Why Ubuntu 16.04 when 18.04 LTS is already out for a while

Don't we have foldable monitors and keyboard yet?

that's cool, but no way I'm giving up the projector on my indestructible Moto Force for this particular phone.

This (and the internet in general) is pretty anemic on details.

Is this a VM on top of dalvik? I assumed DEX was deprecated in favour of ART https://source.android.com/devices/tech/dalvik/gc-debug.html I mean it is still compatible bytecode (i think) but who knows anything about android roadmap anymore?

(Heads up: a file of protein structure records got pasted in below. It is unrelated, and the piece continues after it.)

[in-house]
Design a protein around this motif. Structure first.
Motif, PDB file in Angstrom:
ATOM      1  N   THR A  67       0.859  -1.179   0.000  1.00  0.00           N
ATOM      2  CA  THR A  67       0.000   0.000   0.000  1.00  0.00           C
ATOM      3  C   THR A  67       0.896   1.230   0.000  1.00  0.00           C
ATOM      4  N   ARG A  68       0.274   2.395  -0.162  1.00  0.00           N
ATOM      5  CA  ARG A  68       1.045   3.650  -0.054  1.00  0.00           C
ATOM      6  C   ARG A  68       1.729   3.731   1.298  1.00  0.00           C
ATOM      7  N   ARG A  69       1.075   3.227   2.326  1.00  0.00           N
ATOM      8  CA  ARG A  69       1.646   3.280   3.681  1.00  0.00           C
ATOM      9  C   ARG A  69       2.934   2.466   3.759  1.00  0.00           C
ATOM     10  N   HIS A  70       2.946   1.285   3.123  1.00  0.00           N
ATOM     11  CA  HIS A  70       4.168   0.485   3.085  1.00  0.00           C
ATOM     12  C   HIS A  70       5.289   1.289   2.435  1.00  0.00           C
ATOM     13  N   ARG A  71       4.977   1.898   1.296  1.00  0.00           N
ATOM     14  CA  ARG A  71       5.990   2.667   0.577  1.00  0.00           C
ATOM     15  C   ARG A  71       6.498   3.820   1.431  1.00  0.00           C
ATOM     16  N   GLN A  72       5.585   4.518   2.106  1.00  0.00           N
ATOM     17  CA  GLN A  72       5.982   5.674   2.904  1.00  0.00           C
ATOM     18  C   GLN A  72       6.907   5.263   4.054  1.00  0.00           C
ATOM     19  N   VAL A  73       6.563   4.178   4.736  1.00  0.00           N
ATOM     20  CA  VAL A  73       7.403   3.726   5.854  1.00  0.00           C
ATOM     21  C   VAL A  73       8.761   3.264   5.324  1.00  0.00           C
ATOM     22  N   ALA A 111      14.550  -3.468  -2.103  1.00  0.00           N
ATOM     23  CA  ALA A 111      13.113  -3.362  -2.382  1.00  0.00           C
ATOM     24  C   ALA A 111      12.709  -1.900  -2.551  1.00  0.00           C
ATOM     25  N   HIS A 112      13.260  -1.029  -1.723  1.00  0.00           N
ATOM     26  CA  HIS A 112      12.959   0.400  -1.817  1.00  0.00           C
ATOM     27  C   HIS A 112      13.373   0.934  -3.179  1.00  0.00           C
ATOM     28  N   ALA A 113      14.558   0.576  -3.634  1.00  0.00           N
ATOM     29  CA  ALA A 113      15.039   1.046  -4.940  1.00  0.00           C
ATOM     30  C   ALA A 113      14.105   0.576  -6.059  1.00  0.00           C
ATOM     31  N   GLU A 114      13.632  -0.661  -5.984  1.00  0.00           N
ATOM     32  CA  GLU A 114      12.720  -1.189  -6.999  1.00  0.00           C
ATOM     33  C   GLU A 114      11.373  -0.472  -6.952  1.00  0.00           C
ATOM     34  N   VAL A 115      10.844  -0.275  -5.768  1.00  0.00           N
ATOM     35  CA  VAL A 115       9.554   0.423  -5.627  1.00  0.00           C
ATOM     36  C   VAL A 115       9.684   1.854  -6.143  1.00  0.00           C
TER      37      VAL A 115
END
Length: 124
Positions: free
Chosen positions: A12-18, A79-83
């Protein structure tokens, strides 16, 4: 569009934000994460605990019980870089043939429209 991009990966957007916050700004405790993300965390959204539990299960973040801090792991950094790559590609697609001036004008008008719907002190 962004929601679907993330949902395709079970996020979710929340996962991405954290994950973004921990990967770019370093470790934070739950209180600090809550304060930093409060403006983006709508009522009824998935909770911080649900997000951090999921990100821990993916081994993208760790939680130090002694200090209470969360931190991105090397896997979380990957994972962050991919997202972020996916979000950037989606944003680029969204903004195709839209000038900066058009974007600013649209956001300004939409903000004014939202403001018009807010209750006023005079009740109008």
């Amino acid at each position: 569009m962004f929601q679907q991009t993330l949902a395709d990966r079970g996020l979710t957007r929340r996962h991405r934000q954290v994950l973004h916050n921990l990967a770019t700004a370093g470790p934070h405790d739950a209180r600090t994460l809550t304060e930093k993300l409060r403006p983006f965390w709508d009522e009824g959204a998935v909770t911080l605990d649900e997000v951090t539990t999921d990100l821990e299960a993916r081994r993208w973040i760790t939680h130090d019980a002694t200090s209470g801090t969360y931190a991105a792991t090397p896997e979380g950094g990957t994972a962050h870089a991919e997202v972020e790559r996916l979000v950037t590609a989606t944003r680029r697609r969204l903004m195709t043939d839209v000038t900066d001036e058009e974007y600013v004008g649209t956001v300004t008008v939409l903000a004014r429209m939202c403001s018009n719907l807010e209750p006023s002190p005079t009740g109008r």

DeX is Samsung's brand for connecting their phones to a monitor and having a desktop mode.

It's not related to dex/art of Dalvik.

Apparently it has no connection, even though they're both technologies for running things on Android.

Presumably someone in branding at Samsung thinks this makes sense. They might not even be wrong considering this is end user focused whereas .dex files are something only developers see.

And also dex is the bytecode format, which is still be used by ART(for compatibility reason I guess)


Will Samsung have access to my data?

Does this have a SaaS cost model?

Will I have root access?

Can I apt-get install any package, or only selected packages?